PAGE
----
Wandering with my eyes and heart open, searching for pieces to add to my own personal big picture.

Tag: from strength to strength

Is a Healthy Family a Career?

I told you why I put From Strength to Strength by Arthur C. Brooks on my list in the first place in my previous post about the book, so I won’t rehash that. It took me longer to read because I did something crazy and DIDN’T read while I was on my three-day-weekend getaway with my mom. I’ll be honest and say it wasn’t on purpose. I just didn’t have time. I slept a lot more than usual and we had plans to start exploring the area early each morning we were there.

healthy family

This book was depressing at first. It not only made me feel old and therefore useless, it made me feel like my lack of any real success drive even when I was younger signified a wasted life. What have I accomplished in my life so far? What goals achieved? What have I created? Where have I left my mark in the world? What will I be remembered for?

I started to think this book was not written for the likes of me. I was right. It was written for those high achievers out there, the people that are driven to produce and excel and succeed in business. I am not one of those people. My drive has always been relational. I’ve always been more interested in relating to people better than achieving fame or accumulating wealth. Not because I’m better than them, but because it just doesn’t interest me.

I considered not reading the rest of the book, but I’m glad I did because of two lines.

“…a career reset does not have to result in a midlife crisis.”


“I’m crazy if I think it’s too late to reset.”

As I read through the book, I started to realize something, I have had a career and I have been driven to make a success of it, to create something that extends into the future, and to be remembered by people for what I did.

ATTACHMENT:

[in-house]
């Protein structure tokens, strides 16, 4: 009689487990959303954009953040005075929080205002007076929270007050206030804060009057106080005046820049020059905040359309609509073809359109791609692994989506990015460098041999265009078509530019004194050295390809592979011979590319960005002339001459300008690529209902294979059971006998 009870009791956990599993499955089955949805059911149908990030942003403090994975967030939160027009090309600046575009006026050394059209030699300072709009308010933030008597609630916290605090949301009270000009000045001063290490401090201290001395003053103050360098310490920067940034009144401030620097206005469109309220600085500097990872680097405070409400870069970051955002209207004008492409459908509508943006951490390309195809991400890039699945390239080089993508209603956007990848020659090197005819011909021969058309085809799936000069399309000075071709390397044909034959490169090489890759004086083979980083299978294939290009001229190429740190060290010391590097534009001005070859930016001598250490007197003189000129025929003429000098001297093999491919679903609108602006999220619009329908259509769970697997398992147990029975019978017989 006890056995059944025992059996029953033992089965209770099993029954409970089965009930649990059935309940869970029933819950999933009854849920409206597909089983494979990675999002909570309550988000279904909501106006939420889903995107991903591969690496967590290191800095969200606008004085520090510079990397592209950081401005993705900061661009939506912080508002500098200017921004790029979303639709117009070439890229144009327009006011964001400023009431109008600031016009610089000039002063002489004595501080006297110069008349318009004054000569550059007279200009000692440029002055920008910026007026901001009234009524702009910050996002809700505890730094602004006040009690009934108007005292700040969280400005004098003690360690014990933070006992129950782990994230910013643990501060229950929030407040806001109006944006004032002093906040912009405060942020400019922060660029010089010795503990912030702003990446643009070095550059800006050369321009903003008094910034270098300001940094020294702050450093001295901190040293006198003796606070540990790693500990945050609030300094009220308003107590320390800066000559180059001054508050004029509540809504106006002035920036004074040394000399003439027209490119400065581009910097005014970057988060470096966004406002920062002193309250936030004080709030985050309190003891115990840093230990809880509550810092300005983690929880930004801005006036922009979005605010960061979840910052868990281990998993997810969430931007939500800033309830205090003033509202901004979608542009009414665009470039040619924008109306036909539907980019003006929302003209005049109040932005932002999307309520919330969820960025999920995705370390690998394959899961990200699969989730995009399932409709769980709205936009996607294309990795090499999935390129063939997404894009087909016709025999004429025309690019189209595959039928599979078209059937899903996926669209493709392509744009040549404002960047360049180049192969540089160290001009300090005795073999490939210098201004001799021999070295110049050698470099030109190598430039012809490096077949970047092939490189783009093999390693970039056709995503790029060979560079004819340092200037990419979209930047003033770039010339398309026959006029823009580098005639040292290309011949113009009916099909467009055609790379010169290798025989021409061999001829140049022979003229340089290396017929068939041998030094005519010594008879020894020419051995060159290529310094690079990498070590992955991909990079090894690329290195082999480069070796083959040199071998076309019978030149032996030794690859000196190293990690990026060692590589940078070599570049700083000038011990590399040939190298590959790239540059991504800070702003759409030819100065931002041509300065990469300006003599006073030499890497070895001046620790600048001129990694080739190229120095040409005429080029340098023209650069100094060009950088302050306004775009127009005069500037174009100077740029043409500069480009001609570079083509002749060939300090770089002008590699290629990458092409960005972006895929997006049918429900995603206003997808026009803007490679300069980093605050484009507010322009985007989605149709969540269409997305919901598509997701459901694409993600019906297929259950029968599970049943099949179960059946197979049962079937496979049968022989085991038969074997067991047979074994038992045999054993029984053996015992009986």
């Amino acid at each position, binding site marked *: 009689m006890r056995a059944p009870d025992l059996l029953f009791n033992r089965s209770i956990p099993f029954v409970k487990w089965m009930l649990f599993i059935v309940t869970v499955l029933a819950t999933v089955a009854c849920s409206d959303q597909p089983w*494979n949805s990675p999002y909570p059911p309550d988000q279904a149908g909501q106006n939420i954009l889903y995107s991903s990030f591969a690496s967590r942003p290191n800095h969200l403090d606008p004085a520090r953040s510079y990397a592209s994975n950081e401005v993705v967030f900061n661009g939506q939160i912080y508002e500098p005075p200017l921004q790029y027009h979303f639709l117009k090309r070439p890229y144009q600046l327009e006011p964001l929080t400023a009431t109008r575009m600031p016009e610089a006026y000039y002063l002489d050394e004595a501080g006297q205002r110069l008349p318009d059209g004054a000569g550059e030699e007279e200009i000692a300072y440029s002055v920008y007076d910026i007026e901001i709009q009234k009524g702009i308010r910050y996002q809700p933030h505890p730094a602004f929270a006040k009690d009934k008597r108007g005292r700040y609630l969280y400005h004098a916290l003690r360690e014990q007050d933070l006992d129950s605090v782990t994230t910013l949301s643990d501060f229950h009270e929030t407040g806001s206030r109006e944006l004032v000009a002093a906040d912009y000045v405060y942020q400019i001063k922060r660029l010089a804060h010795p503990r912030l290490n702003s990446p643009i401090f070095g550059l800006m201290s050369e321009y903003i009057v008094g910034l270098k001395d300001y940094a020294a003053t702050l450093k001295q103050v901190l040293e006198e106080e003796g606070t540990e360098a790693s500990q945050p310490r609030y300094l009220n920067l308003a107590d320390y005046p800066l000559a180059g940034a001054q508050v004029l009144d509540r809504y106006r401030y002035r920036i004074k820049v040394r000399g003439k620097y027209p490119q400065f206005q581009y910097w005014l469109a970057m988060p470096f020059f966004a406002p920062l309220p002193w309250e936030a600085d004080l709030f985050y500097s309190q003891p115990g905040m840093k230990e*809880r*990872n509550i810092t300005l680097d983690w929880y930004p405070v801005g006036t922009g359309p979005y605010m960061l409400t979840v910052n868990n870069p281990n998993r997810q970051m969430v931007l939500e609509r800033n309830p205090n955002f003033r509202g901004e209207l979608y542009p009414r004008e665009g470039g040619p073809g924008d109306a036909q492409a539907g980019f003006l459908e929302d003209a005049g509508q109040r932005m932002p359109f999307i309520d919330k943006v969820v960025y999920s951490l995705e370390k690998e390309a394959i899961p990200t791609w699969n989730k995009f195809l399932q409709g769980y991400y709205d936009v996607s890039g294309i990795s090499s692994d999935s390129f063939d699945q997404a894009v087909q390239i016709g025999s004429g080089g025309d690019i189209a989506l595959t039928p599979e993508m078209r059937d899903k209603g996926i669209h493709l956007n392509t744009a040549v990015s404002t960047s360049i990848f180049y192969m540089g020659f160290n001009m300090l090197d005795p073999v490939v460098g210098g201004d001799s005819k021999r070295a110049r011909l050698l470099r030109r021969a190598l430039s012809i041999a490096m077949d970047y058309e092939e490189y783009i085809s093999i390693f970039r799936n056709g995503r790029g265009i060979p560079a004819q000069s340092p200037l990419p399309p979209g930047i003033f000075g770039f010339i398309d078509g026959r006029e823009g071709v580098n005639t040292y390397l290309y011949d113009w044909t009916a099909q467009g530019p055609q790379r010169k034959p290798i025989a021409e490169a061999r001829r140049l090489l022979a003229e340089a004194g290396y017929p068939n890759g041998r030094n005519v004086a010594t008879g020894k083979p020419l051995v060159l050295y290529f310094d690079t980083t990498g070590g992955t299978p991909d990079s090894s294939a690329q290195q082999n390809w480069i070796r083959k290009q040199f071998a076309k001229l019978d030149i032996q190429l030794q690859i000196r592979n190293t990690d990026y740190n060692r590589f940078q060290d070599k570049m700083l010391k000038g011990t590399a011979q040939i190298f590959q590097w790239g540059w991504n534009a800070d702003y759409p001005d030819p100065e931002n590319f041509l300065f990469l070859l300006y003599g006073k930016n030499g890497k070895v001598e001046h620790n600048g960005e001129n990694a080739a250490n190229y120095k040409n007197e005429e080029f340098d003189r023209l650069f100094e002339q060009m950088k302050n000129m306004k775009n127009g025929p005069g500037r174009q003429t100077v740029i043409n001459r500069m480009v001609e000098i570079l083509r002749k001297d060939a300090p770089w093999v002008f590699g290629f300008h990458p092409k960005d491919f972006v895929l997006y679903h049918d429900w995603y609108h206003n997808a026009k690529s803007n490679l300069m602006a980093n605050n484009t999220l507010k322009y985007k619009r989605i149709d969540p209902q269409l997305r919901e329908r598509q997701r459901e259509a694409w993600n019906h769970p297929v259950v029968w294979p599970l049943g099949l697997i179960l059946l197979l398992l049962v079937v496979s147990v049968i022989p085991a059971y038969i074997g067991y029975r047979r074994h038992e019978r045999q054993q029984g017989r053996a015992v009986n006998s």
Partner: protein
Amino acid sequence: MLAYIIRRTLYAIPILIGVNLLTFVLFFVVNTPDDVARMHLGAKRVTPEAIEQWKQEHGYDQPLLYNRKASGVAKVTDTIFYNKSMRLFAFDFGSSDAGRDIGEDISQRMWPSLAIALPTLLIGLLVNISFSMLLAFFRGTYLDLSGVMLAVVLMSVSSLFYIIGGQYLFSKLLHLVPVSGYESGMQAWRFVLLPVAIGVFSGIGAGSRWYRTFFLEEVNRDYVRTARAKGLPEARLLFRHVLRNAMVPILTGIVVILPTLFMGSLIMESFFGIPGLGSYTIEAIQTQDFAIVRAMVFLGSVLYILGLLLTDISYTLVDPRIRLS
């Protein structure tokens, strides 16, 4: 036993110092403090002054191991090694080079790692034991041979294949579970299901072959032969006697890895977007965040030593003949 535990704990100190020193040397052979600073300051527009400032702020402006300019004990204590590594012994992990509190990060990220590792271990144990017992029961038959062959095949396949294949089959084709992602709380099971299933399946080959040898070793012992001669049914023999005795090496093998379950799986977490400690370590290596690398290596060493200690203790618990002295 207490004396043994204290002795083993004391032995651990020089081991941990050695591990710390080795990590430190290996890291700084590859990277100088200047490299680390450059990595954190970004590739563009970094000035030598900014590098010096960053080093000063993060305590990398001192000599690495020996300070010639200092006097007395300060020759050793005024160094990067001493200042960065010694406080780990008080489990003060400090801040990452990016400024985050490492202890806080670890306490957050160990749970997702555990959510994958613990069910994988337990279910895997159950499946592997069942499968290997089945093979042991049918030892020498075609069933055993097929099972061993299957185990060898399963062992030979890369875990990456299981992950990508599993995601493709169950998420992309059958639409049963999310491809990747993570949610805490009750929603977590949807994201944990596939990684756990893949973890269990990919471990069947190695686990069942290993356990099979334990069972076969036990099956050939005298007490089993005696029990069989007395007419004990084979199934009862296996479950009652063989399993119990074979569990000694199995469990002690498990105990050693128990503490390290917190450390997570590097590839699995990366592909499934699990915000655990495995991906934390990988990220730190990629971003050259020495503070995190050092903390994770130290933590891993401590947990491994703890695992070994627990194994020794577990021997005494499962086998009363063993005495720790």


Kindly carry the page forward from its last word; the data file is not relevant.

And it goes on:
That career has been my children and my family and now I’m entering retirement, but that doesn’t mean I’m useless. I’m only at the beginning of an elder phase, that time of life where I clean up my nest, build more knowledge, start connecting and repurposing those things I’ve learned over the last twenty-five years.

This book has shown me that and some ways to do it more gracefully. I’m happy I finished it.

From Strength to Strength: New Read

Just before my glorious weekend out of town, I started reading From Strength to Strength: Finding Success, Happiness and Deep Purpose in the Second Half of Life by Arthur C. Brooks. Why pick this one up? I can’t possibly even BE in the “second half of life” since I’m clearly far too young, but alas…I am…chokes…nearly fifty years old. And I am already starting my “retirement,” so I think I qualify.

And now I hear you asking, “Retiring from what, Michelle? You haven’t had a career or even a job in nearly twenty years!” I may not have worked outside my home, but I have been a housewife AND homeschooling mom and since my boys are finally (mostly) out of the nest, “Hello, Retirement!”

Let me tell you, it is a big shift. One I didn’t even realize was starting or would hit me this hard. Retirement is rough, especially if you’re a driven kind of person and you fully enjoy your career.